He loved her <from, since> the day he first met her.

casino

Senior Member
Japanese
Can we say the following?

He loved her from/ since the day he first met her.
He has loved her from/ since the day he first met her.

Casino
 
  • Brioche

    Senior Member
    Australia English
    Can we say the following?

    He loved her from/ since the day he first met her.
    He has loved her from/ since the day he first met her.

    Casino

    He has loved her since the day he first met her.
    He loved her from the day he first met her.
     

    take it easy

    New Member
    italy, italian
    Can we say the following?

    He loved her from/ since the day he first met her.
    He has loved her from/ since the day he first met her.

    Casino

    Hi, if he loves her also now I think is correct to say "he has loved her since he met her". If he probably loves her also tomorow you can say "he has been loving her since he met her". I think that you use the simple past for a love in the past. I loved her two years ago.

    Please someone correct me if I wrote something wrong
     

    Packard

    Senior Member
    USA, English
    "It was love at first sight."

    It sounds like it means "he fell in love with here when he first laid eyes on her."

    There is no implication that the love was long lasting (but we can hope for the best).
     

    nichec

    Senior Member
    Chinese(Taiwan)
    "It was love at first sight."

    It sounds like it means "he fell in love with here when he first laid eyes on her."

    There is not implication that the love was long lasting (but we can hope for the best).

    Oh, you just have to joke about everything, don't you? :D

    (a line from movie "Original Sin")
    --The moment I saw her, I loved her.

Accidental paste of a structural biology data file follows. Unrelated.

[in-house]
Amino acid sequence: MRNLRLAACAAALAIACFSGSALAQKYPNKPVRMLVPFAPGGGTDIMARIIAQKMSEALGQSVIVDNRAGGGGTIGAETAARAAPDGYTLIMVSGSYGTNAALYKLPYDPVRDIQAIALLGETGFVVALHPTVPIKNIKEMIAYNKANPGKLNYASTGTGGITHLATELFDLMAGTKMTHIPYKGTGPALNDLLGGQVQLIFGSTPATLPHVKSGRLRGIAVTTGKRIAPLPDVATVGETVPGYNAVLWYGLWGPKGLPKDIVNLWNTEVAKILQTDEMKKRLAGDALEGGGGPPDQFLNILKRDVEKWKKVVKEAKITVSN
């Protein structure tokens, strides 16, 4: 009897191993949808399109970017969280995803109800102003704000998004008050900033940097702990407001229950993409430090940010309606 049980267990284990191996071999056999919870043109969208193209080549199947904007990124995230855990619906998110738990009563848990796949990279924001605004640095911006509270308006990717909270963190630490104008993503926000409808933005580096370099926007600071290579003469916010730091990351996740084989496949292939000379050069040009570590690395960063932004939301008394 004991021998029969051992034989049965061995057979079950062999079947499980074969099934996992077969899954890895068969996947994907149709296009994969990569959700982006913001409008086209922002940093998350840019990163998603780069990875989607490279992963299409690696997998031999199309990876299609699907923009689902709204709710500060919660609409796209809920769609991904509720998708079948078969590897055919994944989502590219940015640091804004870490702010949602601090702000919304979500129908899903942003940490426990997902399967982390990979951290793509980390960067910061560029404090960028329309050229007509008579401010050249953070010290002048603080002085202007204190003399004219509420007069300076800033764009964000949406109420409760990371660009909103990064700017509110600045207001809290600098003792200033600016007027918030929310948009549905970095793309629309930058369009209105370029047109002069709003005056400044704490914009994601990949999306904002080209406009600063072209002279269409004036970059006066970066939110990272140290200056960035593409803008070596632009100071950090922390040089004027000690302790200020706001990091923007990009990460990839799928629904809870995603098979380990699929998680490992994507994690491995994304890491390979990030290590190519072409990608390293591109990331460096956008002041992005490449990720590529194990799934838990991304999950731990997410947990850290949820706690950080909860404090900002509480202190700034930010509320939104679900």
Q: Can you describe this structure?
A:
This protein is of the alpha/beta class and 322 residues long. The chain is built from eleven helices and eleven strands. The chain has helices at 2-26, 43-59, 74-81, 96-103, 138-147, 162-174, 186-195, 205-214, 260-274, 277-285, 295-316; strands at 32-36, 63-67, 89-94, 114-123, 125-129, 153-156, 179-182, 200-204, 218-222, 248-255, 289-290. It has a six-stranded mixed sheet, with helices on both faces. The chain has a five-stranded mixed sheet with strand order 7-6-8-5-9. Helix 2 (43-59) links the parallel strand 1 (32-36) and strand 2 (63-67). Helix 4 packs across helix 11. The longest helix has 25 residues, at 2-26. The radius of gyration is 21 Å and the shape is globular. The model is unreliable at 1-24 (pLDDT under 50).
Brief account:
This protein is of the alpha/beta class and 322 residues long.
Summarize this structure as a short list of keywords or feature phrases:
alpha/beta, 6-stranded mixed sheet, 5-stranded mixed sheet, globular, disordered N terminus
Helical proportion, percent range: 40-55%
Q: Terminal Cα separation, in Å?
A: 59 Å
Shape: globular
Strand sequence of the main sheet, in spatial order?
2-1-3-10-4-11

If "he" is still in love with "her", I would go for:
    --He has been loving her/in love with her since they first met.
     

    nh01

    Senior Member
    Turkish
    He has loved her since the day he first met her.
    He loved her from the day he first met her.

    Does this mean that past tense + from the day and present perfect+ since the day is correct? Thanks.

    I haven't talked to him since the day he lied to me.
    I didn't talk to him from the day he lied to me.
     
    Last edited:

    DonnyB

    Moderator Emeritus
    English UK Southern Standard English
    Does this mean that past tense + from the day and present perfect+ since the day is correct? Thanks.

    I haven't talked to him since the day he lied to me.
    I didn't talk to him from the day he lied to me.
    They both work, but (1) suggests to me that you're still not talking to him now, whereas (2) refers to events sometime in the past and doesn't specify what then happened afterwards.
     

    nh01

    Senior Member
    Turkish
    They both work, but (1) suggests to me that you're still not talking to him now, whereas (2) refers to events sometime in the past and doesn't specify what then happened afterwards.

    Thank you. So would it be possible to say "I haven't talked to him from the day he lied to me."? Thanks.
     

    lingobingo

    Senior Member
    English - England
    It would be possible but not idiomatic. Since is used with the present and past perfect, from with the past tense. See post #3 at the beginning of this old thread.
     

    lingobingo

    Senior Member
    English - England
    :thumbsup: I agree. It’s a good example of the continuous aspect not being appropriate for stative verbs. There are plenty of exceptions to this “rule”, but that isn’t one of them.
     
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